If we didn't all have to pay for it all, maybe it could just be a personal problem for the individuals involved and not a societal problem. I really don't want to have any reason to worry about other people's sexual choices.

  • BakedPenguin||

    I think this argument is a nonstarter, because conservatives will simply ask for the evidence that wider availability of contraceptives has led to fewer abortions. Both have increased in the last few decades.

    I'd think an even more compelling argument for socon pols would be that this could lead to a "further erosion of traditional values" or however it would be phrased.

    Nevertheless, this would be a zero-cost (perhaps even money saving, considering Obamacare) policy change. And frankly, I think you're underestimating the hassle of needing a doctor's appointment, especially to low-income women. Separating out societal change from policy change isn't easy, but my argument would be "if abortion is such a horrific event, shouldn't anyway to limit it be considered?"

  • ||

    The phrase they use is that banging on BC means you are "not open to life" and thus more likely to terminate, because you've entered into a baby-making process with the intention of stopping the baby-making.

  • Billy Bones||

    But to those ignorant bastards, a life not born is a life aborted. Sex is not for enjoyment, it is for procreation and nothing else (which is also why they are vehemently opposed to homosexuals). I am surprised that at least of them has not supported the barbarian practice of female circumcision.

  • Xeones||

    But then politicians wouldn't have as many opportunities for social engineering, or at least the appearance of Doing Something. WON'T SOMEONE THINK OF THE POLITICIANS?!?!?

  • MegaloMonocle||

    If its OTC, its not covered by insurance, so the Dems don't even need to get on board that people should buy their own.

  • ||

    A grand bargain requires giving the Dems something they've been fighting for/wanting. As ENB points out they haven't ever pushed for OTC BC, and thus not really much in it for them. They lose their War on Wimminz! rallying cry, and get nothing back. They would have no victory to show their side.

  • BakedPenguin||

    If the stupid party kept the pressure on, it would eventually dawn on women's groups that OTC BC would be a big win for them. It eventually would be problematic if they didn't support it, and would be a brutal wound in the "War on Women" rhetoric.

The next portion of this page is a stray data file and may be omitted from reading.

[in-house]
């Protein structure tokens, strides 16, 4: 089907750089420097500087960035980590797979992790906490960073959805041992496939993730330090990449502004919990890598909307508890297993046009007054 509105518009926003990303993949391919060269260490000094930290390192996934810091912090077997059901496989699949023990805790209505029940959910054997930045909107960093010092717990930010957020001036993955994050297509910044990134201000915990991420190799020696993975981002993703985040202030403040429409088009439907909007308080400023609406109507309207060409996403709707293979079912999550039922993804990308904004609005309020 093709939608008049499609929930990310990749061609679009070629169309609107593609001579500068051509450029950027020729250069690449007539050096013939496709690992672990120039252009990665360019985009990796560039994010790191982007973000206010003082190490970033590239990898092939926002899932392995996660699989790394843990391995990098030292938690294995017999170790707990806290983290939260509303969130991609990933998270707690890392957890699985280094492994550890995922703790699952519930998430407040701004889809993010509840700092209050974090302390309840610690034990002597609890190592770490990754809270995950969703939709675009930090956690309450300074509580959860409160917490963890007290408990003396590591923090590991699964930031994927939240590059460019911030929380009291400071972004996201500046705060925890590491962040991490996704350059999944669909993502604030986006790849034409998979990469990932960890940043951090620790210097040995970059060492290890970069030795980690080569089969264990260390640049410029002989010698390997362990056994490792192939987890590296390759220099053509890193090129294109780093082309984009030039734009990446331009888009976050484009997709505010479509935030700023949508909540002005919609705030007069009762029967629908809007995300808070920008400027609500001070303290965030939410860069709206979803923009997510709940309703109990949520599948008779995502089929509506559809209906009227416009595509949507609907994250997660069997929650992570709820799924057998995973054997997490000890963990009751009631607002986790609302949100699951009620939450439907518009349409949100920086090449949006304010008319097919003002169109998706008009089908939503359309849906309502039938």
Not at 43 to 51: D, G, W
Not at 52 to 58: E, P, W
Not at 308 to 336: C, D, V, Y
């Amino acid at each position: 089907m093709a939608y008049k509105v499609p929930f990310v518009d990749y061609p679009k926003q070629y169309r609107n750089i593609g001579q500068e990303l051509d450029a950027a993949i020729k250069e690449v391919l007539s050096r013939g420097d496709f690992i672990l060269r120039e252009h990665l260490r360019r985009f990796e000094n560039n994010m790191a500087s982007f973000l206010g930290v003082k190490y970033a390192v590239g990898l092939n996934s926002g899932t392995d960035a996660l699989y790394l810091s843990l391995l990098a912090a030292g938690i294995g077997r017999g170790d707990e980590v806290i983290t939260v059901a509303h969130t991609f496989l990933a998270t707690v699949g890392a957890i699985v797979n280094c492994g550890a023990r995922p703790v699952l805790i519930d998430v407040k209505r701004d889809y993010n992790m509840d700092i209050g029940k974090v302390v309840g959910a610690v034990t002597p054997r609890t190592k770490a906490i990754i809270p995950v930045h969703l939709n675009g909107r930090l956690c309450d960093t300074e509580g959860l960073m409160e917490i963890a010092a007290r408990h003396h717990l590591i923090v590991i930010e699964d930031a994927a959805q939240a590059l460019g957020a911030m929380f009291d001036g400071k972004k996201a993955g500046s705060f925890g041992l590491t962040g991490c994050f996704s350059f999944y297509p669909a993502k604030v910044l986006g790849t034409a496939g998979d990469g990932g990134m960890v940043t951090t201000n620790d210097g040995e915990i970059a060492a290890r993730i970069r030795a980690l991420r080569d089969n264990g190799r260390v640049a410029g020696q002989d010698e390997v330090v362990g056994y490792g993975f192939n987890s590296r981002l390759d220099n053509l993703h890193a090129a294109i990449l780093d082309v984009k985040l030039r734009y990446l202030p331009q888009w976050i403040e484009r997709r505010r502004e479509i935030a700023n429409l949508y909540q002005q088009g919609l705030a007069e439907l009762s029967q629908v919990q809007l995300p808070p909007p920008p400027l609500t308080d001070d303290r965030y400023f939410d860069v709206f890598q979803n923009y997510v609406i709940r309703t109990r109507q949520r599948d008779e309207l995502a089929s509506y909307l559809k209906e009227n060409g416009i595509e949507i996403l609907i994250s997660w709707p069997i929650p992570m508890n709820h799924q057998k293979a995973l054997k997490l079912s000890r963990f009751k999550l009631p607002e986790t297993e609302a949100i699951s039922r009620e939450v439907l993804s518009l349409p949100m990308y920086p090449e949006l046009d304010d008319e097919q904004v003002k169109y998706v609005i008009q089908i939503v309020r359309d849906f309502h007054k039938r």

• Andrew S.||

    It's obvious that these men just want to subjugate women through over-the-counter birth control availability by forcing them to pay for the pills.

  • WTF||

    Forcing them to pay for the pills is DENYING THEM ACCESS!!!11!!

  • ||

    I am endlessly amazed at the hay that the dems have been able to make out of the phony baloney war on women. A couple of republicans say some really dumb shit every now and then and the dems, who are no less bigoted, if not more, are able to whip that into a national controversy about the philosophy of more than half of the political spectrum.

    Once again we see that the left never, ever tells the truth. Everything they say is designed to deceive. Straw men, reductio ad absurdum, false equivalence, ad hominem, and bald faced lies. That is all they have.

    Yesterday I saw a clip from FOX's 'Five' where Bob Beckel spewed an anti-gun rant that was an amalgam of every single dem talking point on the subject, and 100% false.

    Even worse is the party of stupid who can't seem to defeat such a pathetic opponent.

  • Notorious G.K.C.||

    I tried to outline my support for the Hobby Lobby decision to a progressive, talking about the Religious Freedom Restoration Act - which she was unfamiliar with - and how it was passed overwhelmingly and signed by President Clinton in order to increase protection for religious minorities, like the Indians who used peyote for religious reasons.

    "But what does peyote have to do with contraception?"

  • WTF||

    "But what does peyote have to do with contraception?"

    And why do you hate womyn?

  • edcoast||

    I can hear your head hitting the desk from here.

  • trshmnster the terrible||

    I got a woman frothing at the mouth and spewing invective by suggesting that it was misogynistic for her to suggest that women are suffering because they're not being subsidized. I told her that relying on an extremely paternalistic government to force their employers to act in a paternalistic manner infantilizes women worse than any imagined patriarchy could possibly do.

    She never did answer my question of where she got the authority to demand extra compensation post hoc.

  • Notorious G.K.C.||

    This is the sort of mansplaining sexism that caused that guy in California to go around killing women.

  • Invisible Finger||

    I got a woman frothing at the mouth and spewing invective

    Find a swallower next time.

  • MegaloMonocle||

    Notorious, your mansplaining obviously went right over her pretty little head.

  • Stickler Meeseeks||

    "But what does peyote have to do with contraception?"

    Ugh! Ever notice that activist progs have the most trouble thinking in principle?

  • ||

    "But what does peyote have to do with contraception?"

    That is it in a nutshell. There are common subtle concepts and fine distinctions that I have noticed proggies unable to grok. Some of them not so subtle or fine. In other words, they are stupid. I should make a list.